The Domino Effect

The domino effect is a principle that explains how a small, seemingly insignificant act can trigger a chain reaction with surprising consequences. For example, if a person makes his bed four days in a row, this simple action can prompt other tasks that may seem unrelated. These tasks could include cleaning out the Tupperware cupboard or reorganizing the T-shirts in the closet. Likewise, if Hevesh successfully completes her mind-blowing domino setups, she might find herself making her bed again the next day or even cleaning the house.

Dominoes are small, flat rectangular blocks that are used as gaming pieces. They are made of rigid material, such as wood or bone, and often have an identifying mark on one face and are blank or identically patterned on the other. The identifying mark may be lines or spots, like those on a die, or a ridge that separates the two faces into sections marked with an arrangement of dots, called pip marks. Dominoes are also known as bones, men, stones, or cards. The earliest Western dominoes appeared in the mid-18th century.

Western dominoes are most commonly used for playing positional games in which players place a domino edge to edge against another to form a chain of consecutive numbers or to form some other specified total. The first player to play a tile in this fashion sets the trend for the rest of the game.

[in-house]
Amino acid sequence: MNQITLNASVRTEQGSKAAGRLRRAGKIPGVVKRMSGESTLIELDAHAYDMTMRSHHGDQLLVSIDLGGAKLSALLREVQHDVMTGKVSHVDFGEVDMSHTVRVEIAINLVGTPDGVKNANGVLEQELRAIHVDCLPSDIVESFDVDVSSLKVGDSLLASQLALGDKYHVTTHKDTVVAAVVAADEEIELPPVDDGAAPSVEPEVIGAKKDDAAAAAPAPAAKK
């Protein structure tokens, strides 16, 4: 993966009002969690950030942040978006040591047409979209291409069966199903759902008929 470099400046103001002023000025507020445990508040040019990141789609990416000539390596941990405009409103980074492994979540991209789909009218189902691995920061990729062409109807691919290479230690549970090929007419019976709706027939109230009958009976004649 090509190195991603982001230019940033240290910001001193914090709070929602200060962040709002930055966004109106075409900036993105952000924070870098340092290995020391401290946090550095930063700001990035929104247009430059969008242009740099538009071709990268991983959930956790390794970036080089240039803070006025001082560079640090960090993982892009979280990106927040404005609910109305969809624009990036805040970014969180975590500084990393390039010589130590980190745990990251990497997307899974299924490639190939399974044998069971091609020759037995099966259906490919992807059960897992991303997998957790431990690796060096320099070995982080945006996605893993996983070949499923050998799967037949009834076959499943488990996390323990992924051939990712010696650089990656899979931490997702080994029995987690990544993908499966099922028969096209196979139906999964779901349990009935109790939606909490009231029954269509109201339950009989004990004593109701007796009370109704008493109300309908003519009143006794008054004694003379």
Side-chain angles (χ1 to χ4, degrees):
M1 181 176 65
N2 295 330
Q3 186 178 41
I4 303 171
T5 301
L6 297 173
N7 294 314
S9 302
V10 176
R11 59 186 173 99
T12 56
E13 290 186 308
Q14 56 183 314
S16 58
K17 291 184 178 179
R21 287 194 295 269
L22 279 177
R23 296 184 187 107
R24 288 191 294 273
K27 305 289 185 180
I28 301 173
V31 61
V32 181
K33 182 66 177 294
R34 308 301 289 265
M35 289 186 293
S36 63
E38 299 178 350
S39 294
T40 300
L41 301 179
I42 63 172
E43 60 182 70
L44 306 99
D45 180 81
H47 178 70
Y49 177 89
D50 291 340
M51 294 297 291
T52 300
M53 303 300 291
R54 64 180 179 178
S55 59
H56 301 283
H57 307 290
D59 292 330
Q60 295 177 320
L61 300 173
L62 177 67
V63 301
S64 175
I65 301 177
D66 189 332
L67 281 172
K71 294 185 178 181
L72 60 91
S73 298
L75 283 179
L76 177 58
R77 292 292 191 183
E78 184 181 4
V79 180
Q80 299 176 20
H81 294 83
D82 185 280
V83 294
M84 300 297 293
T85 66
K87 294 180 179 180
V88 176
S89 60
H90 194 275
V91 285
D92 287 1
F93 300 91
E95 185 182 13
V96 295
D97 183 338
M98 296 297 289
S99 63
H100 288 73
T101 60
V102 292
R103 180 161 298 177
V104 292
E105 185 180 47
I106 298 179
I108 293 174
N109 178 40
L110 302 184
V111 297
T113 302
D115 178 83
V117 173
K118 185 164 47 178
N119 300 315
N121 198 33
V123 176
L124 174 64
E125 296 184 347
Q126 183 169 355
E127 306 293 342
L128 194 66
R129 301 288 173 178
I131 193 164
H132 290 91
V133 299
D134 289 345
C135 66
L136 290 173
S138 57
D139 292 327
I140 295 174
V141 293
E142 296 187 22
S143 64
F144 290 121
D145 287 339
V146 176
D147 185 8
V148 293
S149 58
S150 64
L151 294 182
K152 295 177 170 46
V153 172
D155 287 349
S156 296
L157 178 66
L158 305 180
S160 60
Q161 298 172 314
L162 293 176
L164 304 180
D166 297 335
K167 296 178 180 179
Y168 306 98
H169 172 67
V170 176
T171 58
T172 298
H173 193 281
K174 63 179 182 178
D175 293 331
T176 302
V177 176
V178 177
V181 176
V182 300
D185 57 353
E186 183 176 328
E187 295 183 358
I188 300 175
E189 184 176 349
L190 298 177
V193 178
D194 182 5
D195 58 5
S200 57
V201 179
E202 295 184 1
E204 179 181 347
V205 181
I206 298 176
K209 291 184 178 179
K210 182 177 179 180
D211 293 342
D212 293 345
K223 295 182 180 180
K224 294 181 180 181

The rules of the different domino games vary, but in most cases the first play is made by the player who holds the highest double or single tile in his hand. If a tie exists, the tied players draw new hands from the stock and, in some cases, the winner of the last game begins the next.

Most dominoes are arranged on the table in a line of play, although there are some games that do not have a line of play and instead rely on byeing tiles from the stock to make a move. A player draws the number of tiles he is permitted to take from the stock according to the rules of the specific game and places them in his hand, adding them to any dominoes already in his hand.

Hevesh creates each of her domino installations by following a version of the engineering-design process. She starts by considering the overall theme or purpose of the piece, then brainstorms images or words that might be related to it. Next, she creates test versions of each section before putting them together. She builds the largest 3-D arrangements first, then adds flat arrangements and finally the lines that connect them all.

Physicist Stephen Morris, who studies gravity and energy, agrees that a domino’s inertia is key to its ability to influence other dominoes. When a player picks up a domino, it has potential energy, which is the energy it has stored by standing upright against gravity. This energy is converted to kinetic energy when the domino falls and then transmits to the next domino, pushing on it. This continues until all the dominoes have fallen.